Unwanted Metaphors

As regular readers know, I am all for metaphors; I love them like I love the sour jelly beans at the bodega on 92nd Street. But sometimes, enough is enough.

“That’s where biological psychiatry was then,” she told me. “It was about the brain as a bowl of soup. You whip up a chemical, add it and stir”…

Setting aside the bowl-of-soup model did not mean deciding that neurochemicals weren’t important. Rather it meant deciding that neurochemistry, and particularly the chemistry dictating how individual neurons communicate with one another, was probably driven by traffic between different brain areas, and that identifying the patterns in that traffic might yield new understanding. (Or, using another metaphor, if the brain is an orchestra, then the neurochemical approach focuses on how well individual players listen and respond to the players adjacent to them; the network approach, like a conductor, focuses on how the orchestra’s sections — strings, winds, brass, etc. — coordinate and balance volume and tone. When both are working well, you’ve got music.)

–David Dobbs, New York Times magazine: “A Depression Switch?”

Need I say more? I certainly don’t enjoy thinking of my brain as a giant bowl of soup–though often it behaves that way, kind of splish-splashing around up there–but I certainly prefer the soup model to a symphony orchestra. Imagine the intrigues and infighting, in my own neurons! Imagine how they would kvetch about the chief neurons, behind their backs! And if there are brass players in my brain, I don’t want to know about it (sorry, Eric and others, just kidding haha!!!!) Etc. etc. And that last line: “When both are working well, you’ve got music”? In your dreams, maybe.

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  1. Marve
    Posted April 4, 2006 at 11:02 am | Permalink

    What a doozy.

    I can’t help but wonder, though–if my brain is an orchestra, what is it playing?

  2. Priscilla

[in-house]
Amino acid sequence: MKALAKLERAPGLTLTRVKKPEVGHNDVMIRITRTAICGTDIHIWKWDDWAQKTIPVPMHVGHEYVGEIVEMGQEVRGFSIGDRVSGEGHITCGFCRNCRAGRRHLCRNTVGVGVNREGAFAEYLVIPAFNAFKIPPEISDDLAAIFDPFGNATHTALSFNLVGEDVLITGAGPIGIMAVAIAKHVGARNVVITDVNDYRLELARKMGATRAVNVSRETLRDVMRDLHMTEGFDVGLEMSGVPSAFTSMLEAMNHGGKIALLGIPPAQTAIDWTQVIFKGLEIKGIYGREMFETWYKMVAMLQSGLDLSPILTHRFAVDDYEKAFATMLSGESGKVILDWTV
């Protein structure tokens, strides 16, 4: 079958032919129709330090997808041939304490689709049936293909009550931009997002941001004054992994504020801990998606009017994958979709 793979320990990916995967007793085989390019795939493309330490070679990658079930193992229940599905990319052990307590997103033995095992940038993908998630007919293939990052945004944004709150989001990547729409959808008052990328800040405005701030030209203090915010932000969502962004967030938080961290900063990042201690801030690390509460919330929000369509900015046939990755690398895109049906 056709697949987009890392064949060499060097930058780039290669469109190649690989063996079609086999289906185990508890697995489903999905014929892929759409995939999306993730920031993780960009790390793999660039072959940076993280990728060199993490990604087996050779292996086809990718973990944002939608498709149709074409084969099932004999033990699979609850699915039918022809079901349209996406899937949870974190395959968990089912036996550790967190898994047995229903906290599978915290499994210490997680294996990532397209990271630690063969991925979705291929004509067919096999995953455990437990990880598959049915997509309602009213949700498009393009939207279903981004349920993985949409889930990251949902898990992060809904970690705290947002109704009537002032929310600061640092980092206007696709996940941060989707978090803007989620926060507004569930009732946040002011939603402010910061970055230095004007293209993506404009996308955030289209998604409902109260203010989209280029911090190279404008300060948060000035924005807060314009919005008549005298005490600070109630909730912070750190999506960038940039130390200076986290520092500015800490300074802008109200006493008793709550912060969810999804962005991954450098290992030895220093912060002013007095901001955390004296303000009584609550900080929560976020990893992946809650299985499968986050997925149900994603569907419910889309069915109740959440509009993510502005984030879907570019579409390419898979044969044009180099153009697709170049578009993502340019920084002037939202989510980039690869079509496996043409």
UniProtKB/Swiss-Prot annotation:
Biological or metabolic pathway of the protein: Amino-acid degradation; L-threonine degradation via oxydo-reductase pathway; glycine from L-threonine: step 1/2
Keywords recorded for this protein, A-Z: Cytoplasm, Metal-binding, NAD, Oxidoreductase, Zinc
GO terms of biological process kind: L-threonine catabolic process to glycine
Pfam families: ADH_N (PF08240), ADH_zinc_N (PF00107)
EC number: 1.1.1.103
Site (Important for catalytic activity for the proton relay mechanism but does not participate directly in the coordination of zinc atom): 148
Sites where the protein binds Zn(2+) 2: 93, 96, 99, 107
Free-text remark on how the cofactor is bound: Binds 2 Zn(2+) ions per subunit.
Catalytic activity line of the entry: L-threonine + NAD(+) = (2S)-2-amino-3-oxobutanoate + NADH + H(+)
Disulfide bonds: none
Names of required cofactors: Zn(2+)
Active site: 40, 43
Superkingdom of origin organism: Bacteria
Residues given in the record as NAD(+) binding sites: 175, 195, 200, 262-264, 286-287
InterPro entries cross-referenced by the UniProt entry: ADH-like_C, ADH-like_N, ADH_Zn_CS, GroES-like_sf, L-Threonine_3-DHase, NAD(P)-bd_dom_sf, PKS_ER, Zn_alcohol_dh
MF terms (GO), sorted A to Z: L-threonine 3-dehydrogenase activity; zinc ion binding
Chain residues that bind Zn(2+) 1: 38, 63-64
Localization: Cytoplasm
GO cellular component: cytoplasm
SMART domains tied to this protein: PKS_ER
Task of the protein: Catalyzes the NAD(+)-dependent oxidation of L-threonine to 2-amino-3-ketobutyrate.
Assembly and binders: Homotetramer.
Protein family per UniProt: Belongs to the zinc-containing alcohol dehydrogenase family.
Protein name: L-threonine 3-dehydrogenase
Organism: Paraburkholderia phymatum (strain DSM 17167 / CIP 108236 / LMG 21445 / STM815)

Posted April 4, 2006 at 2:17 pm | Permalink

    Now, how does your psyche hurt?

    All metaphors aside, that’s an interesting article.

  3. former music student
    Posted April 4, 2006 at 3:24 pm | Permalink

    Wow! I read the article Sunday afternoon. That particular section you cited has been lingering in my short memory.

    Brain as a bowl of soup caused me wired feeling, nausea.
    ‘Orchestra’ is a tool that is too often used as metaphor or analogy, for example, for a business organization. (because it is micro cosmos of the human society?)

    In my discipline, I see brain function as circuits/pathways … pretty complicated ones. The amazing truth is, there are millions of circuits/pathways in our brain, which are unused, unknown, but by accident or by some intervention can be activated and give light to one’s life.

    Our conscious self has no idea what’s going on behind, has no control. It cannot be a conductor. There is a world inside ourselves, which is beyond our reasoning, beyond our imaginary sense.

  4. noreen
    Posted April 4, 2006 at 8:31 pm | Permalink

    I was dizzy and nauseated yesterday, so I had to leave work early. I wonder what my brain was playing then compared to now, seeing as how I seem normal again.

  5. Anonymous
    Posted April 5, 2006 at 4:11 pm | Permalink

    How impulsive are you?
    (yet another brain wrenching article)

    Living On Impulse


  6. Molly
    Posted April 5, 2006 at 10:24 pm | Permalink

    Not by any means an excuse, but often, scientists (or people writing about science, for that matter) underestimate the layperson’s ability to understand science in a more prosy form and go far overboard on metaphors and/or anthropomorphization. I myself am often guilty of the above, although I try to confine myself to one per biological process.

    The orchestra trope is not necessarily inapt, though – for example, I know several people whose brains could be characterized by the following:


    Have some dignity. This is a baby orchestra.

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